[Today’s post is written by a classmate of mine, Dr. Patricia Maurice. A 1982 graduate of Hopkins, Patricia is a professor emerita in the Department of Civil & Environmental Engineering & Earth Sciences at the University of Notre Dame.]

Photo of geologist Bruce Wade in the field.

One of the benefits of being a Hopkins Earth and Planetary Sciences graduate (’82) is the ability to travel anywhere and always see the world with a bit of an expert’s eyes. Every time I enter a city, for example, I look for where they get their water, what stones are used in construction, and how the geology and geography have sculpted the city’s outlines and shaped the economy. 

In April 2023, when my husband and I visited Civil War battlefields at Shiloh, Tennessee, and Corinth, Mississippi, I was looking to understand how the landscape, including the presence and absence of water resources, affected the battles.  I could never have foreseen how the trip would reinforce my appreciation for the long and storied legacy of Earth Sciences at my alma mater.

A rainy afternoon seemed like a good time for a side trip to the Tennessee River Museum in Savannah TN.  Upon entering the small but excellent museum, my eye was drawn to a captivating exhibit about local geologist hero (Robert) Bruce Wade (1889-1973).  That name rang a bell from my undergraduate years. Sure enough, Dr. Wade had graduated with a PhD from Hopkins!
[Image at left: Candid photograph of Bruce Wade sitting on a rock holding binoculars, c. 1914-1917, Johns Hopkins University Graphic and Pictorial Collection]

According to the museum’s exhibits, “Bruce Wade pioneered the in-depth study of the fossil deposits of Middle and West Tennessee. Described by his peers as gifted and energetic, Wade discovered the world-famous Coon Creek fossil formation during the summer of 1915.  While new species discoveries are normally limited to 10-15 per lifetime, Wade discovered over 180 at the Coon Creek site” (Quote from displays in the Tennessee River Museum, April 2023). Note to readers: the discovery of even one new fossil species is considered a big deal in paleontology.

The exhibits went on to describe how during his 1914-17 doctoral studies, Wade collected the first fossil insect preserved in amber in North America.  I’m sure every school trip to the museum emphasizes this connection to the popular Jurassic Park movies.  The accompanying exhibits included everything from his trusty field hammer and hand lens (I still have mine from my undergrad days!) to a field notebook to that famous insect in amber.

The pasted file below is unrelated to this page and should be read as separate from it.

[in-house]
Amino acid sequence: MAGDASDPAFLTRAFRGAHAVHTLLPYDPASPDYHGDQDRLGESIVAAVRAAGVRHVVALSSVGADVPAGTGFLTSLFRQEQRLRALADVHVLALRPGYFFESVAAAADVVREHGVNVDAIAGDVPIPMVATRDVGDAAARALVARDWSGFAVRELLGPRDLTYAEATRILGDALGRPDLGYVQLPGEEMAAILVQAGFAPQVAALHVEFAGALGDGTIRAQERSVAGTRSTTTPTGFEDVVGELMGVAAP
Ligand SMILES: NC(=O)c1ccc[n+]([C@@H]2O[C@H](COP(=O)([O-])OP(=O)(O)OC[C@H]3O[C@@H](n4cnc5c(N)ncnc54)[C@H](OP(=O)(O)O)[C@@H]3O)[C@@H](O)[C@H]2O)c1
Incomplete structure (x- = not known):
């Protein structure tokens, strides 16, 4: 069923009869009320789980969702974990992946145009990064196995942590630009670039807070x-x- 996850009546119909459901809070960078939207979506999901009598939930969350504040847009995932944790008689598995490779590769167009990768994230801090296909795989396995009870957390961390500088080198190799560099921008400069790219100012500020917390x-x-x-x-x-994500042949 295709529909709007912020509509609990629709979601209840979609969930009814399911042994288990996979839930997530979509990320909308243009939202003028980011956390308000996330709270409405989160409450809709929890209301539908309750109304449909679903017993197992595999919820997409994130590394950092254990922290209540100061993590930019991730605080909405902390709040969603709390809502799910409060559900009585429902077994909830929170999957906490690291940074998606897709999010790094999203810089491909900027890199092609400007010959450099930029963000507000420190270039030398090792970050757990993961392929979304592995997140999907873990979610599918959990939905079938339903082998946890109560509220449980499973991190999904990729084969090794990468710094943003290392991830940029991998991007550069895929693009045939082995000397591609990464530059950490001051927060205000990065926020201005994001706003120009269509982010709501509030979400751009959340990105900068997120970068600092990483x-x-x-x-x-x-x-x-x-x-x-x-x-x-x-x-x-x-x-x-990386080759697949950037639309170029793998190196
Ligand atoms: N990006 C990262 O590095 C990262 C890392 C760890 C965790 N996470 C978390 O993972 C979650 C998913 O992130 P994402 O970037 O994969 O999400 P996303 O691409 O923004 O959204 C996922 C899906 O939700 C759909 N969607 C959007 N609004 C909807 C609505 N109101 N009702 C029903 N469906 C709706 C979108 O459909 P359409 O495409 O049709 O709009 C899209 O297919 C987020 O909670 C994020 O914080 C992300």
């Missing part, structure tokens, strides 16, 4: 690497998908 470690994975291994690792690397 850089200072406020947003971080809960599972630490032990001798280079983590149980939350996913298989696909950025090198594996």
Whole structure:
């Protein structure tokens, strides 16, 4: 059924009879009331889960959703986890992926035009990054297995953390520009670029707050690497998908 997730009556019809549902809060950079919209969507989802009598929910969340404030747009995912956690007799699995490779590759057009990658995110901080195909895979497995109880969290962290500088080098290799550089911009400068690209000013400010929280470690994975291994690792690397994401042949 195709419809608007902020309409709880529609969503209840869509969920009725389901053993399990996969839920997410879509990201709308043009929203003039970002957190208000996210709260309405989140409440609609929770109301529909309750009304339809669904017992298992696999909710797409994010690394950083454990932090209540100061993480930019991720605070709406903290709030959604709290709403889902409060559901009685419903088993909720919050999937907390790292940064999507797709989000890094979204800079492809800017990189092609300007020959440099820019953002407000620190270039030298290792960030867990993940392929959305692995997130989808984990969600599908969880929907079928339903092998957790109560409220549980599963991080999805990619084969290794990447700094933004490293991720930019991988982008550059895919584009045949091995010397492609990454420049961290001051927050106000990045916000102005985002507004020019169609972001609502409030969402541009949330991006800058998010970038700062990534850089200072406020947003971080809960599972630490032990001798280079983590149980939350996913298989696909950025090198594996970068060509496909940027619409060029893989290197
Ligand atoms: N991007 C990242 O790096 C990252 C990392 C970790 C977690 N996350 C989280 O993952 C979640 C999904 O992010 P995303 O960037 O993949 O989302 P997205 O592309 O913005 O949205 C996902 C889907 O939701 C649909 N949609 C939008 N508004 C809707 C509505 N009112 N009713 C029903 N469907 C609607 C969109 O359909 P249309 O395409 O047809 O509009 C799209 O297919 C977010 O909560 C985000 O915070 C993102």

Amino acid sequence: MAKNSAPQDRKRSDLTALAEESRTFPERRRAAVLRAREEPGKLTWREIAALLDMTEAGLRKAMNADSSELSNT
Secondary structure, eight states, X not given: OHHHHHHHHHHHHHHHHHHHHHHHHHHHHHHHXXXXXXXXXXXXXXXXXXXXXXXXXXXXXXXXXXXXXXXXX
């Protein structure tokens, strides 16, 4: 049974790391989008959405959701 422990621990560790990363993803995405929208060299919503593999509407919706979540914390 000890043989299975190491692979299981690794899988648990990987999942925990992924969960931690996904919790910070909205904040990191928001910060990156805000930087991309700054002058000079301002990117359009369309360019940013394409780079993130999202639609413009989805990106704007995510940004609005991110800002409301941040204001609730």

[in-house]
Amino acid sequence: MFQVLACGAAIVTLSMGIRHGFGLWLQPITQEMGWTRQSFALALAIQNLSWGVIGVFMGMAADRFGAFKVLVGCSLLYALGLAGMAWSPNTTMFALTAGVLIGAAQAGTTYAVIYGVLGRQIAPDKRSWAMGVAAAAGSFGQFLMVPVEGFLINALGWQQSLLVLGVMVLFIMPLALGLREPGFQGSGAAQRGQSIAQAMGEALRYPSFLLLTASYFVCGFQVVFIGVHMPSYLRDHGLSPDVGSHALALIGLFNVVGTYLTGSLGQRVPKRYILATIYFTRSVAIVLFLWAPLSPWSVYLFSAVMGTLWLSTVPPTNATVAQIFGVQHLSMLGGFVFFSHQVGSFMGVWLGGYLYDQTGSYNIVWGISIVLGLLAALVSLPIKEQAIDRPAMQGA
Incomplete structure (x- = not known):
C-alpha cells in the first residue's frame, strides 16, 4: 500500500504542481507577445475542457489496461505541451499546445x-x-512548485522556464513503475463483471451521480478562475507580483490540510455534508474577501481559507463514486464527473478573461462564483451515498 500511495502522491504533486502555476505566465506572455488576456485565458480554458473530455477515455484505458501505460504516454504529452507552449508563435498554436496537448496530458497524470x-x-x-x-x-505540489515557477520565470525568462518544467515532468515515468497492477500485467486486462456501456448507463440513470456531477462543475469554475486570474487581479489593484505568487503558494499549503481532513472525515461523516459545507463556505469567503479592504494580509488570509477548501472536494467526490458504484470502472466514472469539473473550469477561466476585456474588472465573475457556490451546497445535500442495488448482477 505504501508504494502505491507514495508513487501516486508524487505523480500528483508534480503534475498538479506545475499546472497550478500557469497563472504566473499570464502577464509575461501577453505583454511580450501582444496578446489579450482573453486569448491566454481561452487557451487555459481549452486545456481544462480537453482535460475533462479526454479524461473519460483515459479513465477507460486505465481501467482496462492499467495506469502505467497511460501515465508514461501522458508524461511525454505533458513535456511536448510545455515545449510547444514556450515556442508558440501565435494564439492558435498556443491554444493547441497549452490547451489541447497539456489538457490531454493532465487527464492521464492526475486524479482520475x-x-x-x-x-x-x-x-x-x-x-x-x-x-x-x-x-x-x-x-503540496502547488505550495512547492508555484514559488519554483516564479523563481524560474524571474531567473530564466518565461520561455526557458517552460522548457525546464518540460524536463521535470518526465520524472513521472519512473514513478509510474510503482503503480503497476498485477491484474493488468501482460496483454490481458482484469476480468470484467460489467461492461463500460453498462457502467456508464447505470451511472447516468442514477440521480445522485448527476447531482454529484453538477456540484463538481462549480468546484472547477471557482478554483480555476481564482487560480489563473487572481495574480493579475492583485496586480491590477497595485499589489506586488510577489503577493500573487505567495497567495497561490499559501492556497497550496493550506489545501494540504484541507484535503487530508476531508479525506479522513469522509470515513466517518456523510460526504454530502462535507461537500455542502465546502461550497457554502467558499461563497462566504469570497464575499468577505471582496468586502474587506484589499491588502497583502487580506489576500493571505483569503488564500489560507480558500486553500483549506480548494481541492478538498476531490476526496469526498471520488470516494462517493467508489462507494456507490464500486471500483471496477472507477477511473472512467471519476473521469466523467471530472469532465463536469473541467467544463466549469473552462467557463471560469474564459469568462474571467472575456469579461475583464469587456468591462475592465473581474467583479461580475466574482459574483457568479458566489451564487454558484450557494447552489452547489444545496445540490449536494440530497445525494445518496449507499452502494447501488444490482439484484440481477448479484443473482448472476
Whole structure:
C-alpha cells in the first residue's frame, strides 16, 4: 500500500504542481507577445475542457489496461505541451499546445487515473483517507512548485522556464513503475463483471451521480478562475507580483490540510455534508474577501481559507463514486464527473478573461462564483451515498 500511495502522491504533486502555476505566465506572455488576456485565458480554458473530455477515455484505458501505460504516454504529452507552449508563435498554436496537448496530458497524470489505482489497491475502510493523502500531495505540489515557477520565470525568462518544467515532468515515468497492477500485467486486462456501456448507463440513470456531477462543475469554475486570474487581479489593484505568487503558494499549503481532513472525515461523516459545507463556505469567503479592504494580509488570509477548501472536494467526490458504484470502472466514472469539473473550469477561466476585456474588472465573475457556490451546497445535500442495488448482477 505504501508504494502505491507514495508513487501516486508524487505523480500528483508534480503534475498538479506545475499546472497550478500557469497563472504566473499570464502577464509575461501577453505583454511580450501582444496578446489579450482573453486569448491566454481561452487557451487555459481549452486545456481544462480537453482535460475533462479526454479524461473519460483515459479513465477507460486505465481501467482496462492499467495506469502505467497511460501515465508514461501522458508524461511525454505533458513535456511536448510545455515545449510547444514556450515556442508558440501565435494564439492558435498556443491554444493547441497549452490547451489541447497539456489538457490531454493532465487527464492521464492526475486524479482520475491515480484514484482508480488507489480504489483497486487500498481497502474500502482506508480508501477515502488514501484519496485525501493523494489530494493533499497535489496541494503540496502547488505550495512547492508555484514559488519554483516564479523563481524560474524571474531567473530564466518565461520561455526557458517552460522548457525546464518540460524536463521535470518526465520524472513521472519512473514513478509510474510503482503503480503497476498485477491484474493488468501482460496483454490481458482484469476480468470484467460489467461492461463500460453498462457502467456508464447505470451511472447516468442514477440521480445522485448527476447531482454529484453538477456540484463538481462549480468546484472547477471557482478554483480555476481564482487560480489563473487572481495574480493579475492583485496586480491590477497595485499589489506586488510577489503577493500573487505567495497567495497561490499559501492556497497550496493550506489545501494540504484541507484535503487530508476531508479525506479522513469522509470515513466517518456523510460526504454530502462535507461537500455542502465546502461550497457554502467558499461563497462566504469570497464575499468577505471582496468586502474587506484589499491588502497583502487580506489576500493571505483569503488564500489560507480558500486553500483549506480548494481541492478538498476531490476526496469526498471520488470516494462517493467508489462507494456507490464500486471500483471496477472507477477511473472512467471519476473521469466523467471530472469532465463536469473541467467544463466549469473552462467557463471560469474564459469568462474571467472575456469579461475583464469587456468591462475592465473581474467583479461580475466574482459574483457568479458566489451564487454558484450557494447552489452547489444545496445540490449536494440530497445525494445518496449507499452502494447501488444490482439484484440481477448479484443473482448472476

When I returned home, Margaret Burri, a Hopkins classmate at the Sheridan Libraries, helped me discover more about Bruce Wade. His graduate advisor at Hopkins was the eminent paleobotanist Edward W. Berry. He also worked in the lab of William Bullock Clarke, a stratigrapher of the Atlantic Coastal Plain whose work I relied on as a young U.S. Geological Survey hydrologist. Like so many men of his generation, Wade served in World War I.  He went on to work as an oil and exploration geologist but his career was cut short by a debilitating illness (Brister, R.C., 1994, Bruce Wade: Tennessee’s forgotten geologist, Earth Sciences History, Vol. 13, No. 1, pp. 47-51.)

The fossils at the Tennessee River Museum reminded me of the years I spent studying at Hopkins: the summer-long field trip to Wyoming with paleontologist Bob Bakker (who helped develop the warm-blooded dinosaur theory and whose doppelganger was devoured by a T. Rex in one of the Spielberg movies); the joy of working in the human paleontology labs of Alan Walker and Pat Shipman; the many challenging geology and paleontology courses taught by faculty like George Fisher, Lawrie Hardie, and Steve Stanley; the field trips to Camp Singewald.
[Image right: Wade’s application for graduate studies, Special Collections, Sheridan Libraries]

Image of Bruce Wade's application for the doctoral program at Hopkins

  Although I chose to pursue a career in environmental geology and engineering, often slogging through wetlands or immersed in the lab, I will always have a special place in my heart for the rock-hammer-toting field geologist. I was thrilled to see Dr. Bruce Wade remembered by his local community decades after his passing. My husband likes to say that every town has its story. The story of Savannah, Tennessee and the Tennessee River isn’t just about major historical events like the Trail of Tears and the Civil War. It’s also about how Hopkins’ Ph.D. Bruce Wade put the local area on the map forever for its fossil treasures.  [Author Patricia A. Maurice as a young Hopkins geologist excavating fossils in Wyoming,1980.]